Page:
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I'm not going to go all moral on your arse cause, fact is, i've pirated software in the past... BUT don't do it. Shit like Ableton is SO cheap. If you want to try before you buy, download a demo. You can't be serious about music production/making tracks AND have pirated software. Pirated music software is for kids who can't decide which cool new trend to jump on. Aint got money for Ablertronz etc.? Use Reaper - it does pretty much everything and it's free or something like $20AUD. If you can't afford that then you've got some sort of raging smack addiction.

Could you please define "SO cheap"? Because I checked out "Ableton" on Amazon and it was running around $329-499 and in my book thats pretty steep or is audio software similar to graphics software and that is the average price of it and it can get as expensive as up in the thousands?

I see a few themes running here:

1) What's the best software?

2) Piracy, cool?

3) What/how do you find your own DAW (or DAWs) of choice?

4) Dual (or triple) displays?

Well then, to respond in order:

1) Best? Best for what? At their very essence, they're all pretty much doing the same thing (eg. Logic, Cubase, Pro Tools) just with different windows, labels, and keyboard shortcuts. Ableton Live has a unique, realtime, aim/trigger/fire style loop arrangement capability. But for studio production (rather than the Live stage), it's totally acceptable to load up every track, loop  a portion, then mute/un-mute to taste, working through what works well with what. Reason probably is the only one coming from a different angle, by emulating a 'real' studio rig, but every component, and every in and out, can be found and utilised in some manner or another in pretty much every other DAW, so its difference is kinda moot. If anything, Reason's closed-off from the rest of the world approach (ReWire excepting) could be considered limiting. As for whole Pro Tools is best for rock, Cubase for house, Logic for trance, Fruity Loops for hard-stylze, MPC for hip-hop generalisations, they kinda wear thin once one looks beyond the label and discovers the similarities between 'em all...............

Thanks a lot for that Spectrum it helped but my question to all that is if all of them are relatively the same which is the best one to start of in terms of someone with a small budget and also which of them is more user friendly for someone who absolutely knows nothing and is starting from scratch?

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Hello Audioenthused. You'll get a lot of different answers to your question, but one of te more common ones will be "downlaod the demo of Ableton Live and try the tutorials". It comes with all these step by step lessons that will get you up and running very quickly.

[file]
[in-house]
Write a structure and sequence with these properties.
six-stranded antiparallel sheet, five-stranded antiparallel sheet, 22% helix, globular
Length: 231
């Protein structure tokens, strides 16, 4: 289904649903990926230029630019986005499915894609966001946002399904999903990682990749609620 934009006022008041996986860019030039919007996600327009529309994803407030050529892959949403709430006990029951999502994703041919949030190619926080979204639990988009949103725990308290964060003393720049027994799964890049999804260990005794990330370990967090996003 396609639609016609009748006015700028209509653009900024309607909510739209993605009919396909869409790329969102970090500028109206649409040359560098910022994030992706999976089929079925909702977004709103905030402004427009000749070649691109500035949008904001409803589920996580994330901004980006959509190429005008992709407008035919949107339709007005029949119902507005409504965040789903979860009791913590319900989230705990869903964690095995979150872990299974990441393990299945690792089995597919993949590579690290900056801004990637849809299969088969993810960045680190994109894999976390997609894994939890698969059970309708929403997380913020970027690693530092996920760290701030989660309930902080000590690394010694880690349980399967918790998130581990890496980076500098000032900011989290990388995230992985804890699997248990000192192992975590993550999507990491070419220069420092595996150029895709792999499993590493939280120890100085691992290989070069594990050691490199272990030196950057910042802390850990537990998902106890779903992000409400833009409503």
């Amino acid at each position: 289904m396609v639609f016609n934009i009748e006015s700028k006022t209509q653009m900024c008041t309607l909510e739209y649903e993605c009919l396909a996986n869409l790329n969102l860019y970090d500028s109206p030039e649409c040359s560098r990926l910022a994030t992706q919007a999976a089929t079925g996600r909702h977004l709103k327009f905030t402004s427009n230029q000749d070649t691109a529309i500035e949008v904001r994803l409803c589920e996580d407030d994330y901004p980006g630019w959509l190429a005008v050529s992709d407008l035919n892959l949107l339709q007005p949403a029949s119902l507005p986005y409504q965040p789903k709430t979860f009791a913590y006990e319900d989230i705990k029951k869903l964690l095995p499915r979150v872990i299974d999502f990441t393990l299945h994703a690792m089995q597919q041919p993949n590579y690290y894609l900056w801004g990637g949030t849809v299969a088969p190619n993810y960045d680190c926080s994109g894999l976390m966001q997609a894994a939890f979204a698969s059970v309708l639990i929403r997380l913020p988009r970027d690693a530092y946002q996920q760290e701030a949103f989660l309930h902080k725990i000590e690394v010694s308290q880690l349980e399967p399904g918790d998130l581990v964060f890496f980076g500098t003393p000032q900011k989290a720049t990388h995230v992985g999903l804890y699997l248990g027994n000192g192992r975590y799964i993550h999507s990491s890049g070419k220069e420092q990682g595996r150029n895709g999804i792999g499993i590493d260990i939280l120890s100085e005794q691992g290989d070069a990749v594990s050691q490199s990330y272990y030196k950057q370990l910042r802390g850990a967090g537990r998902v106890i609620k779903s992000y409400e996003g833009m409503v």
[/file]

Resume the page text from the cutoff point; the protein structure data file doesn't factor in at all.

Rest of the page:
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Could you please define "SO cheap"? Because I checked out "Ableton" on Amazon and it was running around $329-499 and in my book thats pretty steep or is audio software similar to graphics software and that is the average price of it and it can get as expensive as up in the thousands?

Intro versions start from under $100USD. You can get full versions on sale for sub $300USD. If you're a student you'll get discounts on the pricing making it even cheaper.

And yes, it's specialised like graphics software.

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Hello Audioenthused. You'll get a lot of different answers to your question, but one of te more common ones will be "downlaod the demo of Ableton Live and try the tutorials". It comes with all these step by step lessons that will get you up and running very quickly.

I see well that is actually a rather logical recommendation I'll do just that. Could you recommend where I could get some Ableton Tutorials the ones located here App Tutorials seem to be dead.

Intro versions start from under $100USD. You can get full versions on sale for sub $300USD. If you're a student you'll get discounts on the pricing making it even cheaper.

And yes, it's specialised like graphics software.

Yes I did see that "intro" version I was thinking it was some watered down version and that I should avoid it.

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Get the demo's from Ableton's website.

The light version lacks a couple of features you wont use for maybe 6-12months after starting depending on how quickly you pick it up. The real advantage of most lite versions when you're starting out is they give you the core functionality without all the distractions. There's lots of things you can do with a full version but until you know how to use them or are in a position to learn, they'll just distract you from actually making music and getting a workflow sorted. IMO it's best to build your studio as you learn not try and build a studio then learn how to use it... and i'm a major gear whore so it's kind of ironic.

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I use CB5 essentials. Got it for $150au or some shit off ebay with the elicenser. I use CB pretty much because it's all I've ever used. I'll probly upgrade to studio or full when I juggle some finances, but I'm happy atm cause I run mostly hardware,sequence and record into CB then add effects/processing etc.

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I've been using Cubase since Version 3 - not Cubase 3... back then it use to ship on floppies or optional CD. Still using it today and i think it's a great application with massive flexibility. I wouldn't encourage anyone to start with it today, though, having broadened my horizons a little. It can be a serious distraction having all the functionality of Cubase and all the setup options. Live really does tend to produce faster results by allowing you to get your head around the concepts of making tunes rather than the tech of using your DAW. From what i've seen, Reaper provides a similar focus.